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Conceptual Misunderstanding in dealing with Heaviside Function

  1. Oct 29, 2013 #1
    1. The problem statement, all variables and given/known data

    Hi guys, so I'm struggling with understanding the heaviside function clearly. In particular, I am struggling to understand how changing f(t) to f(t-3) ''shifts'' everything to the right.

    2. Relevant equations

    Say we take the following heaviside function

    f(t-3) = 7 for t >= 3
    f(t-3) = 0 for t < 0

    We get a graph that loops something like this:

    http://img41.imageshack.us/img41/2830/q8e8.png [Broken]


    3. The attempt at a solution

    However, this doesn't make much intuitive sense to me. Say we are to plug in the value of t=3, then we should get at t=3, the value of f(0), but there has not been anything told to us about how the function behaves at f(0). Only that for values t>3, the value will be 7. So I don't really understand how this function is working.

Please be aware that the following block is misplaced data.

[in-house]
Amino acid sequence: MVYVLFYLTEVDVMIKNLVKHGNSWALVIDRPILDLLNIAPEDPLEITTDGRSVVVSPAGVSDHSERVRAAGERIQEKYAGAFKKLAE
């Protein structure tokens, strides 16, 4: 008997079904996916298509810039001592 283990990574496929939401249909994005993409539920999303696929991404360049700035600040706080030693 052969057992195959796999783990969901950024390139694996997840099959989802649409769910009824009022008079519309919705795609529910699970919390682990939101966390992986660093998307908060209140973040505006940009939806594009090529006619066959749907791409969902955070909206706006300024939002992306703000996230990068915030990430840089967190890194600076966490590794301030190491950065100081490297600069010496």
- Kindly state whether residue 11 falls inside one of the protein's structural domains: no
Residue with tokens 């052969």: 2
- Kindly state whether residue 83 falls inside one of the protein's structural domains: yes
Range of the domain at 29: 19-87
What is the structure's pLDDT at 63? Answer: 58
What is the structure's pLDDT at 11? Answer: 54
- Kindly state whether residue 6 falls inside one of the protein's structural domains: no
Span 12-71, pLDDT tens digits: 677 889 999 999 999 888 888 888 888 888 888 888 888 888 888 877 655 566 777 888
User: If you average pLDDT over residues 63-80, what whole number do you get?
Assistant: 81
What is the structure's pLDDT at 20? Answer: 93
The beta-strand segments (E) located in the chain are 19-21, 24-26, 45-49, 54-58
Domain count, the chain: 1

Thanks for your time.
     
    Last edited by a moderator: May 6, 2017
  2. jcsd
  3. Oct 29, 2013 #2

    Mark44

    Staff: Mentor

    This is a basic property of functions in general, not just the Heaviside function. If you know what the graph of y = f(t) looks like, then the graph of y = f(t - 3) will be a shift (translation) to the right by 3 units of the graph of y = f(t).

    Suppose y = g(t) = t2. The graph is a parabola with vertex at (0, 0) and opening upward. What does the graph of the new function y = g(t - 2) = (t - 2)2 look like?
    You've been told that if t ≥ 3, then t - 3 ≥ 0, so the output of your function is 7.
    The function definition says t ≥ 3, not t > 3.
     
    Last edited by a moderator: May 6, 2017
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